Here's why Kempton's closure would be a massive loss to punters
In the first of a new fortnightly series, Tom Collins argues why the under-threat track should be high on your betting radar
There is no mistaking it, winter is here, and for Flat fans that means a diet of all-weather racing and the occasional flirtation with overseas action.
British and Irish punters are well catered for during the long, dark months, but in a few years' time the landscape will change in ways as yet immeasurable.
While the impending loss of Kempton will reshape the face of the jumps calendar (a Sandown King George?), on a day-to-day basis the relocation of so many all-weather meetings will be a big adjustment for all concerned.
For punters, the proposed addition of an all-weather track at Newmarket will add another piece to the puzzle, while course specialists will lose their happy hunting ground that hosted a total of 58 Flat fixtures in 2017 and have to ply their trade on unknown territory.
The loss of Kempton is disappointing for a number of reasons. Not only will the historic jumps track – which held its first race in July 1878 – be long-forgotten, but punters will have lost one of the most profitable and fairest all-weather racecourses in Britain.
So, with the clock ticking on Kempton's existence, punters should start cashing in at the Sunbury-on-Thames track before the home straight becomes home to the capital's commuters.
Unsurprisingly, being prominent over the minimum distance at Kempton is a plus. The inner of the two tracks has a tight, sweeping bend leading to just under a two-furlong home straight.
Obviously being out the back with such a short run-in isn’t ideal and Kempton's five furlong races, of which there's at least one on a normal midweek card, have become a fantastic betting medium for those who follow forward-racing types.
Statistics show that 32 per cent of front-runners manage to hold on over the minimum – a good record that should play a part in your punting process.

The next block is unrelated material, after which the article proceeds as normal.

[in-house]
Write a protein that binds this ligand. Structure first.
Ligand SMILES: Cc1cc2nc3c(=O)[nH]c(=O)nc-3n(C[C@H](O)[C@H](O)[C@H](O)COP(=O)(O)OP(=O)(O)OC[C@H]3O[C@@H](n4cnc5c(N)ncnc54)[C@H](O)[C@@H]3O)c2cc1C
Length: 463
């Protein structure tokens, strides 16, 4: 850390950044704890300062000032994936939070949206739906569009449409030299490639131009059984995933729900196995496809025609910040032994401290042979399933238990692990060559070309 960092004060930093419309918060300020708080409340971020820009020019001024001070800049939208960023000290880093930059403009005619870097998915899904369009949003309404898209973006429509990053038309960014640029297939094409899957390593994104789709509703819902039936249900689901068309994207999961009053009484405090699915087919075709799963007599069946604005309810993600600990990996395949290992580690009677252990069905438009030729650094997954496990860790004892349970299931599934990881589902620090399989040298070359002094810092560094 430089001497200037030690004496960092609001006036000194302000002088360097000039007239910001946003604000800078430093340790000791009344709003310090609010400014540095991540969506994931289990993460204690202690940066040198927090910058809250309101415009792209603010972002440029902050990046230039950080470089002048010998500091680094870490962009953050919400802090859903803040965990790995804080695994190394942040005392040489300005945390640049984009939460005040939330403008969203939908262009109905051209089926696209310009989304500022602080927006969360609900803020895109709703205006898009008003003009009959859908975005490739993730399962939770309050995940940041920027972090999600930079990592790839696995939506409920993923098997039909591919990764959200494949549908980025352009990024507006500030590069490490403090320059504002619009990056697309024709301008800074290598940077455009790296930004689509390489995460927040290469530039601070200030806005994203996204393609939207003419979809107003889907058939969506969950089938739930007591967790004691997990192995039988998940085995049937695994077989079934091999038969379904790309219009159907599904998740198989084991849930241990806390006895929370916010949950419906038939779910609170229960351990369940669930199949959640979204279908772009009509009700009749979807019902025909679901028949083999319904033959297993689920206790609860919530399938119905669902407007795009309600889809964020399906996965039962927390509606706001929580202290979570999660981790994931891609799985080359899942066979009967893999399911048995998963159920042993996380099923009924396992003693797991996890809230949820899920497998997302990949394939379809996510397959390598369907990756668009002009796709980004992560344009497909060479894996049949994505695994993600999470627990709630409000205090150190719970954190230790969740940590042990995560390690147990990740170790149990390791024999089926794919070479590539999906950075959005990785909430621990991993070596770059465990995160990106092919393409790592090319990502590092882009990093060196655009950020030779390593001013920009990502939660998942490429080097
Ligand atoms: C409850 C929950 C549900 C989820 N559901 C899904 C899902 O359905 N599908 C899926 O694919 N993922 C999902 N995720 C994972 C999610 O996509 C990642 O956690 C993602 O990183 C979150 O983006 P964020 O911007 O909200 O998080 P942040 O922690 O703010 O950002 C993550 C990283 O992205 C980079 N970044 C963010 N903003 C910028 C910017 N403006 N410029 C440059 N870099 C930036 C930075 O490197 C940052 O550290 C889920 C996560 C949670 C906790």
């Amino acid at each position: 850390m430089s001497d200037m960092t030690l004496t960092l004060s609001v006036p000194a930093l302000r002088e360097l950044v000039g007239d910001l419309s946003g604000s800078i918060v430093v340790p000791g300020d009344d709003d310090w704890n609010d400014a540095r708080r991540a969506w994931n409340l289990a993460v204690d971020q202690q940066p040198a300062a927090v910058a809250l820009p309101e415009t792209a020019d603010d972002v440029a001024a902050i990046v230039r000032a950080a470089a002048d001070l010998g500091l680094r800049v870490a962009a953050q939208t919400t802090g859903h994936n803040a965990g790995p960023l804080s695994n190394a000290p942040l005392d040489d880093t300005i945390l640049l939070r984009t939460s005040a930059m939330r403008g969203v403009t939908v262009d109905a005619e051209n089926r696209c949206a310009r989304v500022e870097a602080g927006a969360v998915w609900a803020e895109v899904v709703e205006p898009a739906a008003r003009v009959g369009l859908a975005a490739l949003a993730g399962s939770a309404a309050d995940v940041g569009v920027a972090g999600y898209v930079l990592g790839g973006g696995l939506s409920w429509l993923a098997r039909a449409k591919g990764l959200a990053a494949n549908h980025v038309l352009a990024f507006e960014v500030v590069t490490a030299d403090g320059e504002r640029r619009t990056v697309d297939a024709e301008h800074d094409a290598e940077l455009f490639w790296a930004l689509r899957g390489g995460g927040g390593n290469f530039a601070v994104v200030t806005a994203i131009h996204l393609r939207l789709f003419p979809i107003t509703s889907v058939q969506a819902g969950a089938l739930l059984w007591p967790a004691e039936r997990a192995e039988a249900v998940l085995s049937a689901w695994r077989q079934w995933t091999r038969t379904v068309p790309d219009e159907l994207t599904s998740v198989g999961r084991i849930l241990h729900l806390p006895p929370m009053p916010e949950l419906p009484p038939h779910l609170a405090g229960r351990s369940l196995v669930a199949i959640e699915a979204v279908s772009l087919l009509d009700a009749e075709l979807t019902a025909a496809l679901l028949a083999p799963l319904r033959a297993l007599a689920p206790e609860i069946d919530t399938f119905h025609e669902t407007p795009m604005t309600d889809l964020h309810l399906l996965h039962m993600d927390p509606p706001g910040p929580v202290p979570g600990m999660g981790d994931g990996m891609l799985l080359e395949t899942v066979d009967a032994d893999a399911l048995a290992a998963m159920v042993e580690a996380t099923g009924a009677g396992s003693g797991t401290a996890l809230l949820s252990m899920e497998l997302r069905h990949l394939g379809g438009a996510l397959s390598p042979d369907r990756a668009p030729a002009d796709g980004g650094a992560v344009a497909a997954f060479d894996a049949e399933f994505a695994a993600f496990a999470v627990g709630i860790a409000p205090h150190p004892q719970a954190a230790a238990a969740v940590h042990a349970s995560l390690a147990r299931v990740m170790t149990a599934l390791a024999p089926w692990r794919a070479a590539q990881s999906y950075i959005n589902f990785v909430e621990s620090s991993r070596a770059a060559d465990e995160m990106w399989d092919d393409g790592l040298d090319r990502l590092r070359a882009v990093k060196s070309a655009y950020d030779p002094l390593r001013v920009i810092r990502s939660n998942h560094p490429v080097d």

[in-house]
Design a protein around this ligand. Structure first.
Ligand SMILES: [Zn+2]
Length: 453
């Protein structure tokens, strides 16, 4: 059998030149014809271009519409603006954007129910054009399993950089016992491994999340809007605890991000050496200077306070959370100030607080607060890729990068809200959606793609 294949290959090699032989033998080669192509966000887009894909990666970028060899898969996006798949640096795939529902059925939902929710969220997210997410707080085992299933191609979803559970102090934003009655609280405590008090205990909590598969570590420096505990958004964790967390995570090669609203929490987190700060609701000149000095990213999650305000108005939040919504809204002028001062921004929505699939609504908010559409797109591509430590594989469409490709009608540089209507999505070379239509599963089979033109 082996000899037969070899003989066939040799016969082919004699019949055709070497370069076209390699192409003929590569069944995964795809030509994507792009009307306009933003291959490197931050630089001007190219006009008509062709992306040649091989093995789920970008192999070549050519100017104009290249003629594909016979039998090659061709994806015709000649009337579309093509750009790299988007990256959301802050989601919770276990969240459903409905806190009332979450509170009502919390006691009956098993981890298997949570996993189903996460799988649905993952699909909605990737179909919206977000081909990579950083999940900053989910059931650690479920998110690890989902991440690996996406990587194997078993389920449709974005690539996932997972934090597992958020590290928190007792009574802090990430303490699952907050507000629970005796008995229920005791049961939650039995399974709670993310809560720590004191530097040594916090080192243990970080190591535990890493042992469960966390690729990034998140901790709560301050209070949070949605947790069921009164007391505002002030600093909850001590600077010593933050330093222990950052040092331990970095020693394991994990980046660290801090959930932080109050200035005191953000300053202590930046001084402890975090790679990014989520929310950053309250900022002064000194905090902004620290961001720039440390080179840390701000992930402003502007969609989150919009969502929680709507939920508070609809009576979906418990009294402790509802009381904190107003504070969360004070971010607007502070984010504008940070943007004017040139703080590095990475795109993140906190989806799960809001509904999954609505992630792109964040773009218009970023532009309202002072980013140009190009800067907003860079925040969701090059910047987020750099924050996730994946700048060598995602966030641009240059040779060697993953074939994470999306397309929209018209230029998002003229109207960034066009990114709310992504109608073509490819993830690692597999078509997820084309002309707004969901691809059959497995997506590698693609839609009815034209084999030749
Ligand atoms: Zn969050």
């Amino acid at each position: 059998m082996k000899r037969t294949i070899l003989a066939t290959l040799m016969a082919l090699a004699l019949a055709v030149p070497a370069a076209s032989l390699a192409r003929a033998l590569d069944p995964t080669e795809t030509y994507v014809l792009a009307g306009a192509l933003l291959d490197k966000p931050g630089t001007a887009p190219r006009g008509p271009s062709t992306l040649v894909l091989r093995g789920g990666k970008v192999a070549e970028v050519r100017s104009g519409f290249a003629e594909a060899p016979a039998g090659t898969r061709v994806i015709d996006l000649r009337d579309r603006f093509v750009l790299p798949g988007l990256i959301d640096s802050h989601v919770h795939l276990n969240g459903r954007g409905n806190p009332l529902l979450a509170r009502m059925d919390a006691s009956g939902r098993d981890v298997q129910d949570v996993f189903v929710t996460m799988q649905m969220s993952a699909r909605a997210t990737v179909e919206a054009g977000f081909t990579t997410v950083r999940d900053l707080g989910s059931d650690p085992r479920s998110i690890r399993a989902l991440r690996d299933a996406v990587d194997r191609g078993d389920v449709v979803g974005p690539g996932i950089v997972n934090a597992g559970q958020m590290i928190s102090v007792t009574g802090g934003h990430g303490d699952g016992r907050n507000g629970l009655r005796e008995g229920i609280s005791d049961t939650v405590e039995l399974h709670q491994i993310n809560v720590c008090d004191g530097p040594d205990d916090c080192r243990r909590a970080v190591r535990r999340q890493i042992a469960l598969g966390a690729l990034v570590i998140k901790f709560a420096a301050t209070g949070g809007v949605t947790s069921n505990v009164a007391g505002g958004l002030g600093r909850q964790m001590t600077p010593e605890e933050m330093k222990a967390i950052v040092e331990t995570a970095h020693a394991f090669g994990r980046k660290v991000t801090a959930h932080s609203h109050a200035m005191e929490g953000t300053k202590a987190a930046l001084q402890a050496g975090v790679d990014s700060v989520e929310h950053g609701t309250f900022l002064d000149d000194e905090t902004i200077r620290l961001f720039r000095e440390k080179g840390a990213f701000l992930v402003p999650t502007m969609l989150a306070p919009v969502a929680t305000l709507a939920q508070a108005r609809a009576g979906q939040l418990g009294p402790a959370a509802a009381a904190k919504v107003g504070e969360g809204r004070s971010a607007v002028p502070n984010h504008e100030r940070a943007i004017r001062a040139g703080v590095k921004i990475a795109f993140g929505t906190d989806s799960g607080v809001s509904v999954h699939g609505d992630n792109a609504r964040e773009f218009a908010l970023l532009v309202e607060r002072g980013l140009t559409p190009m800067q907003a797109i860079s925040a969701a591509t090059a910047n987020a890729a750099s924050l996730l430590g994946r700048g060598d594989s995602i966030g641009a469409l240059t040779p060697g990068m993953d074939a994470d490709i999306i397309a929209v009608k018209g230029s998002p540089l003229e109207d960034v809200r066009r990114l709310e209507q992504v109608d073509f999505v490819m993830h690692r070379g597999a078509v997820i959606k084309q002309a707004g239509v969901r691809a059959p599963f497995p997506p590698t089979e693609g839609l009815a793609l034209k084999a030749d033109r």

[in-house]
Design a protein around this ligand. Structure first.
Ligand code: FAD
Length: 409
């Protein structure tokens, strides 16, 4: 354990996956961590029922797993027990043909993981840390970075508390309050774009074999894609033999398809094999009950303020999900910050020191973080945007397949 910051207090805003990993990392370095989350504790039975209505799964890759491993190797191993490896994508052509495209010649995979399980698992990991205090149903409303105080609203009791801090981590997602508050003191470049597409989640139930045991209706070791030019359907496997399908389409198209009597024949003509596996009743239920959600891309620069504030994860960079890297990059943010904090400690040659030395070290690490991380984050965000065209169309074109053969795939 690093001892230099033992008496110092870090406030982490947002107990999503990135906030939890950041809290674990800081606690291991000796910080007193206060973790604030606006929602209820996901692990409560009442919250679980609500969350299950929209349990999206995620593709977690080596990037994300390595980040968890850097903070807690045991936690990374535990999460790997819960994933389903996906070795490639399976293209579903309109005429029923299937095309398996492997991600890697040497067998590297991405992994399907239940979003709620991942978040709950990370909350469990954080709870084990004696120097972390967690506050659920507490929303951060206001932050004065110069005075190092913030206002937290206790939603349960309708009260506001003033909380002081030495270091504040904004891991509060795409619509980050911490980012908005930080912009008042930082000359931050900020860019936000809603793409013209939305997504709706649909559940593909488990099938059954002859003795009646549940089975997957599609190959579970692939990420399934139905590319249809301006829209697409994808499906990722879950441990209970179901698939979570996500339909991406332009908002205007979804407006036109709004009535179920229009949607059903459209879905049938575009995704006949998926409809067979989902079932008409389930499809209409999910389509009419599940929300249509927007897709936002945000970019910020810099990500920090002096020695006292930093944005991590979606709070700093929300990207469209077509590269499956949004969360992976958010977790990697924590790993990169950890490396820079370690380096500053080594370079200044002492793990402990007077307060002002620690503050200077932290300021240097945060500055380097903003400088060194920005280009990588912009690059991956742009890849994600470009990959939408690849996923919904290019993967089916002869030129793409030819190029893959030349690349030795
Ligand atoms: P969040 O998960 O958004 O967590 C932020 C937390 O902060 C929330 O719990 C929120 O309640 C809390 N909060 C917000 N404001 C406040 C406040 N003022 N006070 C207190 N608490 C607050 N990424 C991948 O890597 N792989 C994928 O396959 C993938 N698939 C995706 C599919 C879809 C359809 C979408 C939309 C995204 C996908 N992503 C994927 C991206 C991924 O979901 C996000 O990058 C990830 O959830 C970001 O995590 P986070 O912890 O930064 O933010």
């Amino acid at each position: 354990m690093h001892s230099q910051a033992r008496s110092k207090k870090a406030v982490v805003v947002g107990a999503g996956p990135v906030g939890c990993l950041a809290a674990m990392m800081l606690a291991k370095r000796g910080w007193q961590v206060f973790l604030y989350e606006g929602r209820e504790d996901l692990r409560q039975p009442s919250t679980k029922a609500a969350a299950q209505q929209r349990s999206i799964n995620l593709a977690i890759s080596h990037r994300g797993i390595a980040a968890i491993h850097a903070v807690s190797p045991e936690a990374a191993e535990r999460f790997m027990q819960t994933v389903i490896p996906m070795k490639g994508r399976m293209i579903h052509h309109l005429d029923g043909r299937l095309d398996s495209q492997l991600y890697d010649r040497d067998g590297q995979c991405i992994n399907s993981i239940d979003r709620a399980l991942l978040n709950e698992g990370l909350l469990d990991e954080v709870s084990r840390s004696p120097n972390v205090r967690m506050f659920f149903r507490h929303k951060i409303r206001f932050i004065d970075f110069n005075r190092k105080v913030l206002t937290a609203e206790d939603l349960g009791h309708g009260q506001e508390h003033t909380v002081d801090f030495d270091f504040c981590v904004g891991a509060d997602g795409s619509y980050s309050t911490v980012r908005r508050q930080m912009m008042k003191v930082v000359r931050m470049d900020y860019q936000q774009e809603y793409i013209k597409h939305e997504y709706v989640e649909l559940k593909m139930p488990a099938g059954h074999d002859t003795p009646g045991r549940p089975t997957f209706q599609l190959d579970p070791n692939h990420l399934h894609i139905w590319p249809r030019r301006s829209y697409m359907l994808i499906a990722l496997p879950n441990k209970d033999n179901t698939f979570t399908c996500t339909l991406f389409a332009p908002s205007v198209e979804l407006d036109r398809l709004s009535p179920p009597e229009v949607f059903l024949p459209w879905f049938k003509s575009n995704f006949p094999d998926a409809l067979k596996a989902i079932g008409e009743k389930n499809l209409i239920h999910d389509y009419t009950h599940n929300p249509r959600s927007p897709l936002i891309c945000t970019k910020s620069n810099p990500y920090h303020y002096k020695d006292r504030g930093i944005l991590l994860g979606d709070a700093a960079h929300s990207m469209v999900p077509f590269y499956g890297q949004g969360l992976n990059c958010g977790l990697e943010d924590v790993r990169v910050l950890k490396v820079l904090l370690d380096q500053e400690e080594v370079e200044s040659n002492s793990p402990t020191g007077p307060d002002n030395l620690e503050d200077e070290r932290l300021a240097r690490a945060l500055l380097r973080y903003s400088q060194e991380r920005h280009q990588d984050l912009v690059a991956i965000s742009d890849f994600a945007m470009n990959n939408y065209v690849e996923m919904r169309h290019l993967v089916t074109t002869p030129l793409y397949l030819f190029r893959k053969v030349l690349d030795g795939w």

Unfortunately that pointer doesn't really transfer to the majority of other all-weather tracks, with Newcastle, Chelmsford and Southwell's long straights making sectional timing more important than race position.
In contrast, the art to picking winners in races run over 6f, 7f, a mile, 1m3f, 1m4f and 2m on the outer course is to stay away from those drawn low who race prominently, instead finding a mid-to-rear, highly-drawn performer.
Jockeys have become more accustomed to using the 'slingshot' technique off the final bend at other all-weather tracks and, although it can't necessarily be used with a such a long straight at Kempton, it's definitely a huge advantage to come down the centre of the track, with the far-side rail riding deeper since the surface was relaid.
A number of jockeys – notably James Doyle (18-53, 34 per cent strike-rate) and Jim Crowley (19-97, 20 per cent strike-rate) – have mastered the art of pulling their horses to the centre of the track to make their challenge, making them the first port of call when looking for a bet.
However, some jockeys still try to use the cutaway two furlongs out to gain that extra advantage.
Nine times out of ten it's a shocking move and one that leaves a punter cursing and thinking what could have been had they challenged wide as they get swamped by the more tactically-nous riders swooping down the outside.
Unless you're on a superstar, or a horse named Ply, coming down the middle of the track boasts a clear advantage and consequently those posted two or three deep round the bend aren't at a disadvantage, despite covering more ground.
In a racing world where finding a consistent angle worthy enough to support a horse in a race is reasonably hard to come by, one of the best punting tracks in the country – only rivaled by Chester – is also set to be taken away from us.
So while we await further news from The Jockey Club, don't be afraid to back a front-runner on the inside course, or a horse drawn 14 of 14 on the outer track. They will pay their way, I'm sure. Do it while you have the chance.
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